The lockdown in Ontario has just been extended so the opportunities to get out birding are significantly restricted. In addition, as I start to compose this post (26 January), we are experiencing our first major snowfall of the winter, and by the time it is all over I expect there will be lots to shovel! The conditions are certainly not conducive to drives through the countryside.
Being confined to the house has not been entirely disagreeable, and I have been quite happy reliving my Australian experiences and I am eager to share with you, again, some of that continent's superb species.
In no particular order, and without regard to taxonomic sequence, here are six remarkable Australian birds.
Cape Barren Goose (Cereopsis novaehollandiae)
You would be hard pressed to find a more handsome goose than Cape Barren Goose, but in many respects it flies in the face of all that we know about geese. It is of ancient origin and has only partially webbed feet; unique among waterfowl, copulation takes place entirely on land and there are no pre-copulatory displays involving water at all. In fact Cape Barren Goose seems to shun water most (if not all) of the time and we never saw a single bird enter the water.
Cape Barren Goose was common on Philip Island, VIC, verging on abundant in some spots. Many adults were chaperoning recently arrived young, and it was charming to encounter them.
Ducklings and goslings of all species are at the top of the avian cuteness index, but one might be forgiven for concluding that Cape Barren goslings take first prize.
I owe a great debt of thanks to Stewart for taking us to see these treasures, and sharing with us his intimate knowledge of many great birding spots on Philip Island.
As I look across from my desk right now I can see a flight feather that I collected at the time. One feather doesn't make a goose, but it will have to suffice for now!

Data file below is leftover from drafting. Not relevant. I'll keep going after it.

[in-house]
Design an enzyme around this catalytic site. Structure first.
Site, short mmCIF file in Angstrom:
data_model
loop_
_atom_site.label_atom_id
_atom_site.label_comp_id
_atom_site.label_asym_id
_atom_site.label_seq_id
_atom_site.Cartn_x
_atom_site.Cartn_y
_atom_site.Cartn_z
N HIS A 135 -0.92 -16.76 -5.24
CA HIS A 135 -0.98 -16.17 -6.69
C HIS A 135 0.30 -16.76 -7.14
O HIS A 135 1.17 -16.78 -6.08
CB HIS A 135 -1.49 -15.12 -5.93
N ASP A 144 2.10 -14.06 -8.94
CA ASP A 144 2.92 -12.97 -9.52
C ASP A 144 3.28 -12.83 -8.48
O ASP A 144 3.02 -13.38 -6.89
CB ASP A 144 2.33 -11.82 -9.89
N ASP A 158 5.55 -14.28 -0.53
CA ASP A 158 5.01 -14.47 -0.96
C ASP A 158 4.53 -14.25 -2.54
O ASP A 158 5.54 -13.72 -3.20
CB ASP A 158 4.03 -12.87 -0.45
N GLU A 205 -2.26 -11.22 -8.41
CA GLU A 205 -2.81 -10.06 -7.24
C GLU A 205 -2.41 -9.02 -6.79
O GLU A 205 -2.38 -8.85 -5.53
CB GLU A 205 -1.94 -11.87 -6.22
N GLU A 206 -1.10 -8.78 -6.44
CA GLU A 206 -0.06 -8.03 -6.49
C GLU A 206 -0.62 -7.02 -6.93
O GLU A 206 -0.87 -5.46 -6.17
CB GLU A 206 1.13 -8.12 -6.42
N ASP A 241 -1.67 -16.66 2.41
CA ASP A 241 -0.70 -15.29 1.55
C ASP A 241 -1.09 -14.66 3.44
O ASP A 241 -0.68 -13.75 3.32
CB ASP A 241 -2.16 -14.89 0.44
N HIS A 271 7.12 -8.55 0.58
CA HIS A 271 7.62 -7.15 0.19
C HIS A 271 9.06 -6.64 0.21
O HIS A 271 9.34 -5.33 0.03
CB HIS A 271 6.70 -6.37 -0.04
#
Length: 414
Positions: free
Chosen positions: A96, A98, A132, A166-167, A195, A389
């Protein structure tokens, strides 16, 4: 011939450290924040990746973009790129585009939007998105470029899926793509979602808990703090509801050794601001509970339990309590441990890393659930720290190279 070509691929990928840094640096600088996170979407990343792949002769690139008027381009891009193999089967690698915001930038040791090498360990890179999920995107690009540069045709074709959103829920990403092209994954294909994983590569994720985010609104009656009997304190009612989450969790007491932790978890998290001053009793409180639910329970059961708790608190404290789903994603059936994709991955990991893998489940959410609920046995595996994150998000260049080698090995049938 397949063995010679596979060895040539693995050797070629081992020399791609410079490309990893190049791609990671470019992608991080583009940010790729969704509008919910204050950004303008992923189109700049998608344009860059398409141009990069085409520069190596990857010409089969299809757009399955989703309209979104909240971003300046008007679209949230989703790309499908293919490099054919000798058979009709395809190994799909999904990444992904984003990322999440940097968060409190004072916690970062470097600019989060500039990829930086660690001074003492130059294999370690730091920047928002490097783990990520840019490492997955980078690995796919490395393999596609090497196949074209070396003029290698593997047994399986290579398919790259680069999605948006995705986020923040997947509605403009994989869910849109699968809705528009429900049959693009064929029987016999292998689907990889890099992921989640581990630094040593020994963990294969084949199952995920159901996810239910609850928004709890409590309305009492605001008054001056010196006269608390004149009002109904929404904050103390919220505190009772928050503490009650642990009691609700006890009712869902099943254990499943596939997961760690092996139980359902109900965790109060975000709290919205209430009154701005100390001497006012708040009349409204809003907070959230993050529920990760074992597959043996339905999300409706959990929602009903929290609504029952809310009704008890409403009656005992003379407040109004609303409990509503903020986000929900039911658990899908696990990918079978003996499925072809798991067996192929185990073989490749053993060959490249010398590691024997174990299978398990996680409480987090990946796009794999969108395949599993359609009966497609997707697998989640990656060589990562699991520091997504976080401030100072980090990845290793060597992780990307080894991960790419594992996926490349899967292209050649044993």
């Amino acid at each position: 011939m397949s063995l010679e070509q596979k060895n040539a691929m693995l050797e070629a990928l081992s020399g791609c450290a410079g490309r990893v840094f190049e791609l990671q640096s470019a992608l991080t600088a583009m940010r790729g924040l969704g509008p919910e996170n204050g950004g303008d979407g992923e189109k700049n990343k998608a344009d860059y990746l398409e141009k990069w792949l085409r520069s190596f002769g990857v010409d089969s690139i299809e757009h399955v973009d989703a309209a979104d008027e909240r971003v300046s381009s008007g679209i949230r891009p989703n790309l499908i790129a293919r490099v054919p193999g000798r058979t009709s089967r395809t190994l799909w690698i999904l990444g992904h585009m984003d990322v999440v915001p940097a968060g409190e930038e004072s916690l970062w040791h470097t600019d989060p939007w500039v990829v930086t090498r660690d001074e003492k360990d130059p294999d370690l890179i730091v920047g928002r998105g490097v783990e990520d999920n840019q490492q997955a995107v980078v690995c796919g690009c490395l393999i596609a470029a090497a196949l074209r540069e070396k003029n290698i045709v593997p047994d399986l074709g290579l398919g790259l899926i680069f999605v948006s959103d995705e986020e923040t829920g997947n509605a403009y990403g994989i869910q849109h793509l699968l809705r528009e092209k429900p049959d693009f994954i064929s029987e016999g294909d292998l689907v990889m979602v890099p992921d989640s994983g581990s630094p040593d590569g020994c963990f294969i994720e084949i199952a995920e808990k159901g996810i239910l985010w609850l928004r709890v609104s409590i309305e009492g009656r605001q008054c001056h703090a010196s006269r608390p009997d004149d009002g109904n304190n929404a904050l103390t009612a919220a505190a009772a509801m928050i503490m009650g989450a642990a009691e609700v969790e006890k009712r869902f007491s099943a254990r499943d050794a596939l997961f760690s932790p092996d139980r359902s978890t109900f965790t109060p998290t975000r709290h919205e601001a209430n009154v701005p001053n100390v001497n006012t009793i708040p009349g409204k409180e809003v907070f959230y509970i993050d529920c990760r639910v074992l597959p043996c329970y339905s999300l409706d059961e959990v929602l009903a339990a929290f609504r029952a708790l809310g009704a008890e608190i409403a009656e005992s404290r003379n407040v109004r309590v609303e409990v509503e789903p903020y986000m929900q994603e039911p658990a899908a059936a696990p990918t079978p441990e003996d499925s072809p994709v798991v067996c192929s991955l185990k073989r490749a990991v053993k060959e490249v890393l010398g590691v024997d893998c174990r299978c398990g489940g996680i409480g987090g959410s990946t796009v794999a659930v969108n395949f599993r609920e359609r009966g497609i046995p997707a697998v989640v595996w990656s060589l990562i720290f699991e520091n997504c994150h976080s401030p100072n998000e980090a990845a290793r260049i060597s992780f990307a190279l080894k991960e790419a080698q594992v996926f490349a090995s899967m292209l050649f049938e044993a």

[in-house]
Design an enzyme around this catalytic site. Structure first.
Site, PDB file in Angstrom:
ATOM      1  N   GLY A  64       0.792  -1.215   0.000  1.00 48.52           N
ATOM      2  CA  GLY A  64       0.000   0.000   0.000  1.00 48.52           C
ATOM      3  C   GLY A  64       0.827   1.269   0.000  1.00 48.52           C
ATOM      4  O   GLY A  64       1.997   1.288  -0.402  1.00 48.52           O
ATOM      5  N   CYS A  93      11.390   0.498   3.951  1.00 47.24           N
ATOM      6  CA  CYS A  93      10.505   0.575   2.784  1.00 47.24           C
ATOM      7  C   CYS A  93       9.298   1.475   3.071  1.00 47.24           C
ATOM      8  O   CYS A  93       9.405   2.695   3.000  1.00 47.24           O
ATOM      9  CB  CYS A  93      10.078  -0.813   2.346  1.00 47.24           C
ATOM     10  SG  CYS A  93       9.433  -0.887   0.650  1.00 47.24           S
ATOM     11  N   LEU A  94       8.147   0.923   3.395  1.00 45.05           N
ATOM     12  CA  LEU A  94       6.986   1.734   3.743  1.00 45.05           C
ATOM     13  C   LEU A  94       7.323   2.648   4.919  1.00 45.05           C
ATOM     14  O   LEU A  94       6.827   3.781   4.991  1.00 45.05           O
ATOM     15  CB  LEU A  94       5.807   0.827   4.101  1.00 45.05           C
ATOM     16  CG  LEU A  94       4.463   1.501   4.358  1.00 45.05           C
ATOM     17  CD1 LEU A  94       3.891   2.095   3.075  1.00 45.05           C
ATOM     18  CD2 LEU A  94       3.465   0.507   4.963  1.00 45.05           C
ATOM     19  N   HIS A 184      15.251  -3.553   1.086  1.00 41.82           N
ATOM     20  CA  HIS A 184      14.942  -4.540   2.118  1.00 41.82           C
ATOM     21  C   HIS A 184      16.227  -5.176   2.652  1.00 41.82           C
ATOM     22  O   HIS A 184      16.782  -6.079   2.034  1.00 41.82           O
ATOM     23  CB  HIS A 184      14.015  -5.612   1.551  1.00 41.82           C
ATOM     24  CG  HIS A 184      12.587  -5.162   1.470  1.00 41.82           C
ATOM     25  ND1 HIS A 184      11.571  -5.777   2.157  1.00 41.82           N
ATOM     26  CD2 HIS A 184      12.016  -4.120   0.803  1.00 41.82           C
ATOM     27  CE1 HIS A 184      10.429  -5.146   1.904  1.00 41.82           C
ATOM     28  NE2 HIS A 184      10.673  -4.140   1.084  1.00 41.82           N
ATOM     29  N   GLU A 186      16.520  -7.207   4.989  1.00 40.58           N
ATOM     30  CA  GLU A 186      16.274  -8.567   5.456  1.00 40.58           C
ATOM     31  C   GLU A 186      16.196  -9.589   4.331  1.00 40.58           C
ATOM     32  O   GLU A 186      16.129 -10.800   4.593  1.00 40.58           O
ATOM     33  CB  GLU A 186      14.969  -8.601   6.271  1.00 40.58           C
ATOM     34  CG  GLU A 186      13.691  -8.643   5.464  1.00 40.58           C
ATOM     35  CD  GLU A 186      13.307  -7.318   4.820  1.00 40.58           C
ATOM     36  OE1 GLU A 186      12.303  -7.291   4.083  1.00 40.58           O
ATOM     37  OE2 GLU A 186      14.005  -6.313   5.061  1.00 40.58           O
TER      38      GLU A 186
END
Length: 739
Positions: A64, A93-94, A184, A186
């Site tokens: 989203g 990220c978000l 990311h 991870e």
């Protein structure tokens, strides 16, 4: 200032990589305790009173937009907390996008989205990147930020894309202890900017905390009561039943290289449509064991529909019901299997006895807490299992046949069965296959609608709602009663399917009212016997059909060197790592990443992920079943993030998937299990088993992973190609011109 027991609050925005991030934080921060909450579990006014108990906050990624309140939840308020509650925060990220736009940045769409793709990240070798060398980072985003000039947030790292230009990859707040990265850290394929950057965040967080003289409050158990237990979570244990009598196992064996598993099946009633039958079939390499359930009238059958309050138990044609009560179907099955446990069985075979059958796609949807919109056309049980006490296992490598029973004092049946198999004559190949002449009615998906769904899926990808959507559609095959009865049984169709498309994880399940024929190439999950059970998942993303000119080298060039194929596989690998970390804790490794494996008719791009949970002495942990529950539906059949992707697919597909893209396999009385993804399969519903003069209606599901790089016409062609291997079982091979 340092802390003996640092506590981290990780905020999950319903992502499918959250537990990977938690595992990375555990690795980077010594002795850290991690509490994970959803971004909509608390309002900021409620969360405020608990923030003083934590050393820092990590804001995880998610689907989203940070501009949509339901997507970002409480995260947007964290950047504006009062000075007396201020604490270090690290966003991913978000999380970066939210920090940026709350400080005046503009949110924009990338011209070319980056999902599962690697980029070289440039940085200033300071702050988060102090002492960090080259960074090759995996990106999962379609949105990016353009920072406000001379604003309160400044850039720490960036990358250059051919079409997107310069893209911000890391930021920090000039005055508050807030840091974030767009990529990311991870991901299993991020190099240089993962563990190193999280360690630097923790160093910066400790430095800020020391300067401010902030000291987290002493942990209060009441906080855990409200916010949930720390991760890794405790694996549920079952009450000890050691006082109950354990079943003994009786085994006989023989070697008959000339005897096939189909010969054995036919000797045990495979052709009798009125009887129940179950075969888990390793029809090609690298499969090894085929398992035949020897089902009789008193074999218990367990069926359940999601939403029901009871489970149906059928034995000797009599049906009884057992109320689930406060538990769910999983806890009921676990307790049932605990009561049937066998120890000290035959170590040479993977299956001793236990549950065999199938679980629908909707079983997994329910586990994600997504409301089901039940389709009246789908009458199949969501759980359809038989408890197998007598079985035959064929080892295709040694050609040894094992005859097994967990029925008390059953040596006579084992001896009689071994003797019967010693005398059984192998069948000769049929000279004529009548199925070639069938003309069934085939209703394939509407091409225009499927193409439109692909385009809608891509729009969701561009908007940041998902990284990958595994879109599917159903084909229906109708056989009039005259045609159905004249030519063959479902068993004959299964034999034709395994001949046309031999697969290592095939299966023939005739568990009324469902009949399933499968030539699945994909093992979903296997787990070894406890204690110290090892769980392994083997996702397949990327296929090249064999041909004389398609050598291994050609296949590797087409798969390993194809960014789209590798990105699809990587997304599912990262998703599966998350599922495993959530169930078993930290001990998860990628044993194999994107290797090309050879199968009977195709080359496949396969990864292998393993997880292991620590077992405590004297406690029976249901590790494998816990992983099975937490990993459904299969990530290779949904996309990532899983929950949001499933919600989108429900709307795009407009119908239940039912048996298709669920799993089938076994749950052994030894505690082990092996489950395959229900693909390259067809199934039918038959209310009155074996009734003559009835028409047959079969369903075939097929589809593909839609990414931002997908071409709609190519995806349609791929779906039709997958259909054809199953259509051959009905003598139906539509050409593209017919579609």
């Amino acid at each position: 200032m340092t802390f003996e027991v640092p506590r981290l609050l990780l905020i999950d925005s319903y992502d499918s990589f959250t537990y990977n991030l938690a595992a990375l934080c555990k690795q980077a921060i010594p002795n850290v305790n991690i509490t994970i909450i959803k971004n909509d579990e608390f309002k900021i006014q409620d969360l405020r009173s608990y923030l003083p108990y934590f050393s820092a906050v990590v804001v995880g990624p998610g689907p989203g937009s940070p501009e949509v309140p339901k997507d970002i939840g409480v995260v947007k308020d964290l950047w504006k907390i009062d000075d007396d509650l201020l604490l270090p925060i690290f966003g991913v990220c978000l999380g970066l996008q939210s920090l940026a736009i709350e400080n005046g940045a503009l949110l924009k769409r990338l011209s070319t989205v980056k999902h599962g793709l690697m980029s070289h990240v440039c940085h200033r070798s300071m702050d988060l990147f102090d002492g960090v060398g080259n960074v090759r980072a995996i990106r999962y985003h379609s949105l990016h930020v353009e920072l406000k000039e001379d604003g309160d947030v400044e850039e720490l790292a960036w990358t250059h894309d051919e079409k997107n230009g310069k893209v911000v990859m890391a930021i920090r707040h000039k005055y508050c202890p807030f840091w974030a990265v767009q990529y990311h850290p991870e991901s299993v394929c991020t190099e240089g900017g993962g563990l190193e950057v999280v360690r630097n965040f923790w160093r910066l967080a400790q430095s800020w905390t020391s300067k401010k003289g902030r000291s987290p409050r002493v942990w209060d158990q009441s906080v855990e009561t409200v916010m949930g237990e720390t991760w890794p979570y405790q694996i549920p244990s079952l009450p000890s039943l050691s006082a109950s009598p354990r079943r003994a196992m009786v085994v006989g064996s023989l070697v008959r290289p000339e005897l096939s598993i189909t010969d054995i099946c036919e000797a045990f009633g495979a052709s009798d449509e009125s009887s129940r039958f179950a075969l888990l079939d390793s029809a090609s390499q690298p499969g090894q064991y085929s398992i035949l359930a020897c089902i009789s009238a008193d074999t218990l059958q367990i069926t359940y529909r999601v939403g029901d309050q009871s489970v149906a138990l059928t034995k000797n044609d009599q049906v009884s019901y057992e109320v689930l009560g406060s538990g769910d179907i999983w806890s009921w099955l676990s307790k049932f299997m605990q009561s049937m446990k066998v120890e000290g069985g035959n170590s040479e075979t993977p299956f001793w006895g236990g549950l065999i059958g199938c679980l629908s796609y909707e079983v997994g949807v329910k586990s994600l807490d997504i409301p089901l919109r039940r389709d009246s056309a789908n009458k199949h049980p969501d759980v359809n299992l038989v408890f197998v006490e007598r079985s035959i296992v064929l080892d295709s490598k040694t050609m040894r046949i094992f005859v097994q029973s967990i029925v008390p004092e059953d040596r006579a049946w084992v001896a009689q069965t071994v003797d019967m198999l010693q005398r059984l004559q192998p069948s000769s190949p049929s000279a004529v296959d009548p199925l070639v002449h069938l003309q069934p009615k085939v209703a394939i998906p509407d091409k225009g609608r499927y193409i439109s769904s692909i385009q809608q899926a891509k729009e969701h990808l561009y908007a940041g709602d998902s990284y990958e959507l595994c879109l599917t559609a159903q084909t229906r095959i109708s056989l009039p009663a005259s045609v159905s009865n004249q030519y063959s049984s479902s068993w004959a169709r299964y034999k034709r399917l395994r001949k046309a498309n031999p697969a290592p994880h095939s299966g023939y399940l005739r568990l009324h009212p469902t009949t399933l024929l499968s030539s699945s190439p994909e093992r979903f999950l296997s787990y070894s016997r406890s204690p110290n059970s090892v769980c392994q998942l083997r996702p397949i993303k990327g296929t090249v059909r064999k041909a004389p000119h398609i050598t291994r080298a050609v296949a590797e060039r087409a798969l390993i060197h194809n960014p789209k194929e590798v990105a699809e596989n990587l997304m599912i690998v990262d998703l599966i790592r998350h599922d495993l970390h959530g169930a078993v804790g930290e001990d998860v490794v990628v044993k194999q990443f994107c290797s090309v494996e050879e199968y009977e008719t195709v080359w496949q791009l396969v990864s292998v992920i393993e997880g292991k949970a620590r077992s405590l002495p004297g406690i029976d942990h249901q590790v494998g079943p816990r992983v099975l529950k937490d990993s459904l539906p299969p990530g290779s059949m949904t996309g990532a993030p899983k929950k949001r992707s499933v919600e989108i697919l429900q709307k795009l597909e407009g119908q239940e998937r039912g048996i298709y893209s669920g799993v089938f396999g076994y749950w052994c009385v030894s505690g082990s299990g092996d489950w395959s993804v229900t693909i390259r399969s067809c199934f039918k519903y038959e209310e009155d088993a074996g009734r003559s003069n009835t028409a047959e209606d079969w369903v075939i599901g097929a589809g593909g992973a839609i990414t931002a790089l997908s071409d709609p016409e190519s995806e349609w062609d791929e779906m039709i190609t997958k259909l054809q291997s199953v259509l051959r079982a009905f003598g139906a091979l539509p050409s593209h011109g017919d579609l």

À la prochaine mes amis!
Channel-billed Cuckoo (Scythrops novaehollandiae)
This huge monotypic cuckoo is unlike any other cuckoo in Australia.
We were very fortunate to it see on our first day in Sydney when we visited the Royal Botanical Gardens.
We were alerted to its presence by the noisy racket of agitated Pied Currawongs (Strepera graculina). This cuckoo, which will lay as many as five eggs in the nest of its host species, favours large songbirds roughly of its own size, currawongs and Australian Magpies (Gymnorhina tibicen) principally, as the host for its eggs and the future care of its young.
As if in confirmation of this fact, Australian Magpies thronged together with the currawongs to mob the Channel-billed Cuckoo, much in the manner of the cavalry bringing in reinforcements!
The combined assault of the currawongs and magpies succeeded in driving off the nest vandal, but it had been a wonderful experience for us to witness. Drama of this nature plays out daily, but it frequently goes unnoticed. We were happy to have had a front row seat to the performance!
Pied Currawong (Strepera graculina)
Doubtless many of you are now saying, "What the heck does a Pied Currawong look like"? Well, let me show you.